AusAID-funded projects visited by Aussie FM
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State visit: Australian Foreign Minister Bob Carr (center) talks to local residents during a visit to a public health center in Gedong Tengen,Yogyakarta,on Saturday.(Antara/Noveradika)
Australian Foreign Minister Bob Carr visited projects funded by the Australian government overseas aid program, AusAID, in Yogyakarta on Saturday as part of his first official visit to Indonesia.
His first stop was Puskesmas Gedongtengen, a community health center in Yogyakarta municipality that provides methadone treatment to drug addicts who are both HIV/AIDS positive and negative.
He was greeted by Indonesian Deputy Health Minister Ali Ghufron Mukti, Yogyakarta Mayor Haryadi Suyuti and the Puskesmas head Tri Kusumo Bawono. Also in the entourage was his wife Helena Carr and Australian Ambassador to Indonesia Greg Moriarty.
“I praise the people who run this public health center,” said Carr after inspecting the Puskesmas.
He also expressed pleasure that drug addicts were not seen as criminals but as persons who were in need of medication so they could have a brighter future.
Separately, Deputy Minister Ali Ghufron Mukti expressed gratitude for the Australian aid, saying that the aid had saved the lives of drug addicts.
“Now they have a new life. Thank you for your assistance,” said Ali Ghufron, adding that Indonesia had also learned a lot from Australia in treating people with HIV/AIDS.
AusAID’s HIV program project officer Lea Suganda said that the same aid had also been extended to two other Puskesmas in Yogyakarta, namely Puskesmas Umbulharjo and Puskesmas Depok 3.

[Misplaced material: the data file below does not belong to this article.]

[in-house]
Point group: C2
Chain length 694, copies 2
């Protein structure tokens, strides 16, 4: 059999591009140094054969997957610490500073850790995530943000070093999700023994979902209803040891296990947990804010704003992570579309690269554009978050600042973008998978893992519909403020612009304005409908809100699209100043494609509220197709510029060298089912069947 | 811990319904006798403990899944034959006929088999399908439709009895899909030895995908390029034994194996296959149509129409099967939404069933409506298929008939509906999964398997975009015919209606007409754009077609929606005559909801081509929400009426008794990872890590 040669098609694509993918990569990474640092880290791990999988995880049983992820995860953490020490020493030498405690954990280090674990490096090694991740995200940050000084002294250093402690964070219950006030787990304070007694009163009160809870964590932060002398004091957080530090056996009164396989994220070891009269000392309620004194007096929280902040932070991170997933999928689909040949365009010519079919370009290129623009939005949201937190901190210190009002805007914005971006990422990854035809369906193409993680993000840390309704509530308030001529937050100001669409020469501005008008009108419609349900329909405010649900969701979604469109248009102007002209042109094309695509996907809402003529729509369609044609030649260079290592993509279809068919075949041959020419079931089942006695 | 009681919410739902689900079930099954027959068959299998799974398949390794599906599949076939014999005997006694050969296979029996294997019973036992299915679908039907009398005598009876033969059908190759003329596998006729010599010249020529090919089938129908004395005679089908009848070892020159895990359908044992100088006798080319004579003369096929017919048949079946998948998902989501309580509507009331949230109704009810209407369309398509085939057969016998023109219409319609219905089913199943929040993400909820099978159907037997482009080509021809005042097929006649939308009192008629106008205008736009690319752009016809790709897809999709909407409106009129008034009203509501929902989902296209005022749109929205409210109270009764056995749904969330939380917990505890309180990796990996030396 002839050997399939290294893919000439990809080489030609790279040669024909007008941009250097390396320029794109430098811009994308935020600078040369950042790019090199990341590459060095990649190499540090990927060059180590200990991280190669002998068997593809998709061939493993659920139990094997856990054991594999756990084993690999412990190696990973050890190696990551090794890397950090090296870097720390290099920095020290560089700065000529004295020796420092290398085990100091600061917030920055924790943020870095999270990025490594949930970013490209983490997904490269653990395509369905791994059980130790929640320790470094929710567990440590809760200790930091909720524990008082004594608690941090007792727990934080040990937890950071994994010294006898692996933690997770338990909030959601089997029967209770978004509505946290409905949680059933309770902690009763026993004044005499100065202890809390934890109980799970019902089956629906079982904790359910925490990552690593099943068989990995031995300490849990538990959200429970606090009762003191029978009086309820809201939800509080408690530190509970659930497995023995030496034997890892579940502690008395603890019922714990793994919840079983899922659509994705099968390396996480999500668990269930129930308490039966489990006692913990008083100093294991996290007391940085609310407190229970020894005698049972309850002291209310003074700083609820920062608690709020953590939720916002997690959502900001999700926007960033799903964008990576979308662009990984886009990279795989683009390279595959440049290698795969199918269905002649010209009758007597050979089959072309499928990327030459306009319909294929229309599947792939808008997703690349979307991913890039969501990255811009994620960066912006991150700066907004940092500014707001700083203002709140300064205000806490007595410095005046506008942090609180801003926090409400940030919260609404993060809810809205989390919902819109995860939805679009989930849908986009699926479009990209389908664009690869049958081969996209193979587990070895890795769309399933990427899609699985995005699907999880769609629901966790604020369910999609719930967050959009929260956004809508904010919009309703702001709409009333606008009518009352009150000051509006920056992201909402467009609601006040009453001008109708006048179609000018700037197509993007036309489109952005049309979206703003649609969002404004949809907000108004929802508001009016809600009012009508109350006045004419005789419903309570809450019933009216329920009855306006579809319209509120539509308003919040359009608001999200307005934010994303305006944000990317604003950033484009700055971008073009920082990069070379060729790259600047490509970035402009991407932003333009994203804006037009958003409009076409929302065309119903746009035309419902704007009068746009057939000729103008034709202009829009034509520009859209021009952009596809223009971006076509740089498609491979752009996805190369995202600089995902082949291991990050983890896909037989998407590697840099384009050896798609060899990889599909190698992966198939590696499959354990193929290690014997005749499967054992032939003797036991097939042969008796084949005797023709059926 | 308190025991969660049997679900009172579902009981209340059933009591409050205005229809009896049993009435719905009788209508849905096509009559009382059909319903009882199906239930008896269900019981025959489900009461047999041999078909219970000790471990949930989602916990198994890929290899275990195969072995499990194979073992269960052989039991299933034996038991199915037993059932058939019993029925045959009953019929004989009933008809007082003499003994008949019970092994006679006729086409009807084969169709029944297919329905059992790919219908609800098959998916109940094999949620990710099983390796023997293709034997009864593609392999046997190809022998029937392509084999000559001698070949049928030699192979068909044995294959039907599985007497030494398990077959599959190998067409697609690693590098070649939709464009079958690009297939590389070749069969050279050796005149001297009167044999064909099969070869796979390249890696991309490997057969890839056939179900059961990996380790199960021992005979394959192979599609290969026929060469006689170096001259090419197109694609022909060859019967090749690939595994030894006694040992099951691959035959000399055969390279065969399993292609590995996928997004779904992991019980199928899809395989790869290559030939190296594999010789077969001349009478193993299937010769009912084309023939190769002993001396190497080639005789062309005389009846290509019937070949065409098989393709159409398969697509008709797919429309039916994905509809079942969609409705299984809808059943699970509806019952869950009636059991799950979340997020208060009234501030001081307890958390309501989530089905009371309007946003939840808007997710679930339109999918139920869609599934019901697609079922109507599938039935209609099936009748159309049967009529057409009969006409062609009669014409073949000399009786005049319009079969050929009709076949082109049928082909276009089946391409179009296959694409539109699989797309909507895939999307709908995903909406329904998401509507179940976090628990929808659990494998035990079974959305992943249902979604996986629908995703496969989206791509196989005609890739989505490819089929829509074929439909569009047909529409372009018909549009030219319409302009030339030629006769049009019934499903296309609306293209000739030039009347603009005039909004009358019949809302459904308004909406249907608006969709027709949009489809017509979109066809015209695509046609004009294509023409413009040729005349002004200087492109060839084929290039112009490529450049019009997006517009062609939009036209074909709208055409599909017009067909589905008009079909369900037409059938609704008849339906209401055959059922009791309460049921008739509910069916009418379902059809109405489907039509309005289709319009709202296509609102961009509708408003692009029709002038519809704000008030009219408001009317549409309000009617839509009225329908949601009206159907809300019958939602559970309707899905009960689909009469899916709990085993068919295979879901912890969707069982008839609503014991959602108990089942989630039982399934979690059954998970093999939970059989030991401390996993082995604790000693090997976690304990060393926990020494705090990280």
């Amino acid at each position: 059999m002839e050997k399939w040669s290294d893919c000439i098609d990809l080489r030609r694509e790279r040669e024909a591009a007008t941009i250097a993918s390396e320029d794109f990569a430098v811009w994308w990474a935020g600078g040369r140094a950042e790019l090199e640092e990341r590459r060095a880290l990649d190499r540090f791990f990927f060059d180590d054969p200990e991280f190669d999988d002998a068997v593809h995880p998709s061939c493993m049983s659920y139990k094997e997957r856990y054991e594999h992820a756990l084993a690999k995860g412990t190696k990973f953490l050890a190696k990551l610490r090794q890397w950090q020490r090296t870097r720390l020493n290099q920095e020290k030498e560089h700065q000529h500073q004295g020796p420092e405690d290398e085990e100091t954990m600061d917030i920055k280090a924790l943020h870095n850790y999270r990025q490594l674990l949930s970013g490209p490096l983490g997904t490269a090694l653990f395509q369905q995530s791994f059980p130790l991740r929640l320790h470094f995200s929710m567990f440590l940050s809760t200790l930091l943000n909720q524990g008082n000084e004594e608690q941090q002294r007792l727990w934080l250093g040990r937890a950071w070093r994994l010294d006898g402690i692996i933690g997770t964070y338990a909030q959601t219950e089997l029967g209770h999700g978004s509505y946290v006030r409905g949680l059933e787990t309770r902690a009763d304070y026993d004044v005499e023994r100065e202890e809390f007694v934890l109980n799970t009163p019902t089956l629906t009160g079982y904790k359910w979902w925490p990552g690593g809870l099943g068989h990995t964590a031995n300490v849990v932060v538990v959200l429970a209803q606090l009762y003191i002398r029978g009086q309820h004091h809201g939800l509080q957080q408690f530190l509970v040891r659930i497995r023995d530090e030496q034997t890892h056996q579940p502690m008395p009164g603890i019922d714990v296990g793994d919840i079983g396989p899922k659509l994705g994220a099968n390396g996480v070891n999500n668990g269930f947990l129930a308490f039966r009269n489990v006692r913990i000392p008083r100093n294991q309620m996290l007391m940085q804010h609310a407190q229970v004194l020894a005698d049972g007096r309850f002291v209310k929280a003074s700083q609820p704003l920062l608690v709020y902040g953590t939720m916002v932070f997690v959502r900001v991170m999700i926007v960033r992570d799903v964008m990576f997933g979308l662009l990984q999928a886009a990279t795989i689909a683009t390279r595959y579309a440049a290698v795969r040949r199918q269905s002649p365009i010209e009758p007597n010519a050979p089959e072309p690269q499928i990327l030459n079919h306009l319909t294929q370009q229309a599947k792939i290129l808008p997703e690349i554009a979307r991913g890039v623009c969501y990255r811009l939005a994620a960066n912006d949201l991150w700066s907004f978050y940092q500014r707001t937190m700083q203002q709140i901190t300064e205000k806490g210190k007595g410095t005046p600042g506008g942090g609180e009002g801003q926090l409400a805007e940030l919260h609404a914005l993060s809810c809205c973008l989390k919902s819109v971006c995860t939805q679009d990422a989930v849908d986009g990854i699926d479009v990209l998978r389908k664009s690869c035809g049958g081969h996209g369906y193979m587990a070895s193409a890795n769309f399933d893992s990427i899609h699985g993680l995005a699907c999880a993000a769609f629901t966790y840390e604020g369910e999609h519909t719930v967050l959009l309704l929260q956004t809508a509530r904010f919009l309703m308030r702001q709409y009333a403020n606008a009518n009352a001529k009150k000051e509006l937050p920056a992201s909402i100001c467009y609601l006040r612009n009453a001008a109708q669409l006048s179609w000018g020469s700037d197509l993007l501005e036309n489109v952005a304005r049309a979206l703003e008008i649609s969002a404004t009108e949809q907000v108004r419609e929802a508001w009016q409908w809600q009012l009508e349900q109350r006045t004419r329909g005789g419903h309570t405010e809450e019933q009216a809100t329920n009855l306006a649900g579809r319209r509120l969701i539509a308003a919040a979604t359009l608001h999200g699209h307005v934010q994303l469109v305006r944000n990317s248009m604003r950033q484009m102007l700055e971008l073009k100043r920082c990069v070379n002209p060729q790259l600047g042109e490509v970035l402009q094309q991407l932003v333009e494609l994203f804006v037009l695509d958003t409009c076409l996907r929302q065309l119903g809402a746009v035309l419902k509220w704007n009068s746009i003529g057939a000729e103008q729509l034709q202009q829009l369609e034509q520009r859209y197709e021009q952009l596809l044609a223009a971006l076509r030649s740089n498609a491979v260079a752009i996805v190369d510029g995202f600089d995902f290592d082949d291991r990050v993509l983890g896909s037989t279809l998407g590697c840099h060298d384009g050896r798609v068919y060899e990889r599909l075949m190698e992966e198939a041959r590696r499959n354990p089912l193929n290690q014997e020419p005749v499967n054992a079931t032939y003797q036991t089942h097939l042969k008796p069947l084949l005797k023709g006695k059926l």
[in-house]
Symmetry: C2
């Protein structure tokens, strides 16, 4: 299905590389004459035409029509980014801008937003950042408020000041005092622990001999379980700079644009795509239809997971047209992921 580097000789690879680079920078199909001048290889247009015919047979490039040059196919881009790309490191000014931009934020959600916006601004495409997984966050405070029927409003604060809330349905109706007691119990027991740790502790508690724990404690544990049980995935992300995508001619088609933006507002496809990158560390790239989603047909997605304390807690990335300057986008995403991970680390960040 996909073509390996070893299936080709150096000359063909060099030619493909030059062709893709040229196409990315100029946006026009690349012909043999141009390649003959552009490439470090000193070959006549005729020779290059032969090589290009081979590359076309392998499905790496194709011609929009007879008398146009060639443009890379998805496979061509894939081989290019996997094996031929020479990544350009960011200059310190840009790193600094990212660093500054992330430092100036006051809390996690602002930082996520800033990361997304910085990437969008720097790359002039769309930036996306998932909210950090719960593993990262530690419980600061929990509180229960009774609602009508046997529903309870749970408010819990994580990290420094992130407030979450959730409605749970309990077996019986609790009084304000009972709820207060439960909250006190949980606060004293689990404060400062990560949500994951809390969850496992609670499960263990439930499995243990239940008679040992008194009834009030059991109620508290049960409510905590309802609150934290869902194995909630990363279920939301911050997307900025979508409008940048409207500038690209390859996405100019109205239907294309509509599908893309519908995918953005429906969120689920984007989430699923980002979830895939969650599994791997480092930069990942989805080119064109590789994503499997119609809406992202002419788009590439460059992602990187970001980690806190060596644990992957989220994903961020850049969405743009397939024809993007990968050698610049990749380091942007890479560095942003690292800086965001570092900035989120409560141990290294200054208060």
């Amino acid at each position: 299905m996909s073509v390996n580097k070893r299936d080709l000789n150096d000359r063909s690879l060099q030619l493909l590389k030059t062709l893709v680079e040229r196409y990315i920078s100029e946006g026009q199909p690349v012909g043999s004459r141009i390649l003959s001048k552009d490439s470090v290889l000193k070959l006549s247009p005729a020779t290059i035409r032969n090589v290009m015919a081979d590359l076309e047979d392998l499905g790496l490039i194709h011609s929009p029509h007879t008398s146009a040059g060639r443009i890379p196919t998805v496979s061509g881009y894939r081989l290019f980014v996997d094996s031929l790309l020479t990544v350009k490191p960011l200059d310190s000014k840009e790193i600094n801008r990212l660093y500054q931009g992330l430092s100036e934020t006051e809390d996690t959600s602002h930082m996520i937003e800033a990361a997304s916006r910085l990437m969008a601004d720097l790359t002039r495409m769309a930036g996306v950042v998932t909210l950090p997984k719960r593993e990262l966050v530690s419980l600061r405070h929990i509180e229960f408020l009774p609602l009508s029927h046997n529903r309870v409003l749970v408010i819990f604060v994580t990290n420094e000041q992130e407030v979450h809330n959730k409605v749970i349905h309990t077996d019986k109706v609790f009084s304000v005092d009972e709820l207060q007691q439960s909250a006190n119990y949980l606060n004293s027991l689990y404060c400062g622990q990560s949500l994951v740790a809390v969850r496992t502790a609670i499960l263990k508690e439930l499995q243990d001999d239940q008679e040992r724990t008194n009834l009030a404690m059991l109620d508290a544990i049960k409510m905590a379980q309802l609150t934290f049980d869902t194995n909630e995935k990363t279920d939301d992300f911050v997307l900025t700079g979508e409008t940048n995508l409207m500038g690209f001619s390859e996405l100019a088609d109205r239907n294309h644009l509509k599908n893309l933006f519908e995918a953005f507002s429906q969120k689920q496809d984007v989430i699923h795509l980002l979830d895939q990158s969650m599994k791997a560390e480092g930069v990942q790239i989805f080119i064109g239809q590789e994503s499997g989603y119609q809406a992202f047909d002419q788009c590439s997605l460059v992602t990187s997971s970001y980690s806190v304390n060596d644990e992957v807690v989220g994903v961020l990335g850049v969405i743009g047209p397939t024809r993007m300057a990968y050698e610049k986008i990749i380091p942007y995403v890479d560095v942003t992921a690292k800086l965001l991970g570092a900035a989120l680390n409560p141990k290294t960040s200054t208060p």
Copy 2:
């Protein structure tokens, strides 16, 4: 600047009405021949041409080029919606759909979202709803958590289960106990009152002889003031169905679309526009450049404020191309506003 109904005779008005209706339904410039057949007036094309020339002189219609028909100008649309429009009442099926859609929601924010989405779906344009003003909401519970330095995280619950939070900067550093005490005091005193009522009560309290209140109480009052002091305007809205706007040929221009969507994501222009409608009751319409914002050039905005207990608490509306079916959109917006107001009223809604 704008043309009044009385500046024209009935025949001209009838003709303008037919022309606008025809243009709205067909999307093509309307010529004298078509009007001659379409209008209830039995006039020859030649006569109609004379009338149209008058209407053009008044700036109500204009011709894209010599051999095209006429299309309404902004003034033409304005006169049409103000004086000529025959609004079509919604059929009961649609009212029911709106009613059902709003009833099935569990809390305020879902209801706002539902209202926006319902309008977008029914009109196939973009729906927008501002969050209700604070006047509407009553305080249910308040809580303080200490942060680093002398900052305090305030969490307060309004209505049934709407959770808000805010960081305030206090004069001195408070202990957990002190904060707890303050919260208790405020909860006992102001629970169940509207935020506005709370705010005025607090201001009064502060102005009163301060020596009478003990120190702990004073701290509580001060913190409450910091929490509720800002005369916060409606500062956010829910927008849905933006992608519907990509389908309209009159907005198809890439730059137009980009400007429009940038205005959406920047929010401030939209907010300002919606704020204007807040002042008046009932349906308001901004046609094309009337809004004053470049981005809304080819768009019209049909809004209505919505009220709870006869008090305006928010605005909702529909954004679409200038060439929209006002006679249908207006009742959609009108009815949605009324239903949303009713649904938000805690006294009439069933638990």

“The aid was given to help prevent and reduce the spread of HIV, improve the quality of people living with HIV and to deal with the social and economic impacts of the condition,” she said.
Through the program, according to Lea, the Australian government provides A$100 million for the project over eight years starting from 2008.
The next stop in Carr’s tour to Yogyakarta was Pentingsari village in Umbulharjo subdistrict, Cangkringan, Sleman, to visit a national community empowerment program (PNPM) through a reconstruction and rehabilitation program for people affected by the 2010 Mount Merapi eruptions.
In a speech, Carr said he and his wife felt privileged to visit Mount Merapi, which was not only beautiful but also dangerous. “I want to congratulate every one of you here in rebuilding your community. It reflects great bravery,” he said.
He also said the Australian government was honored to be able to help in rehabilitation and reconstruction on the slopes of the volcano. “I would say this is what a good neighbor and friend can do,” he added.
Sleman Regent Sri Purnomo said that Cangkringan was the worst-hit district during the latest eruptions of Merapi in 2010, which displaced more than 3,000 families in the region and destroyed livelihoods as everything was covered in volcanic materials.
“Through the PNPM, we are able to reconstruct and rehabilitate roads, bridges, school buildings and provide rolling funds to housewives to help them restart their lives,” said Sri Purnomo, adding that the program was scheduled for completion by 2014.
Australia is one of Indonesia’s biggest donors, pledging A$215 million from 2010 to 2014.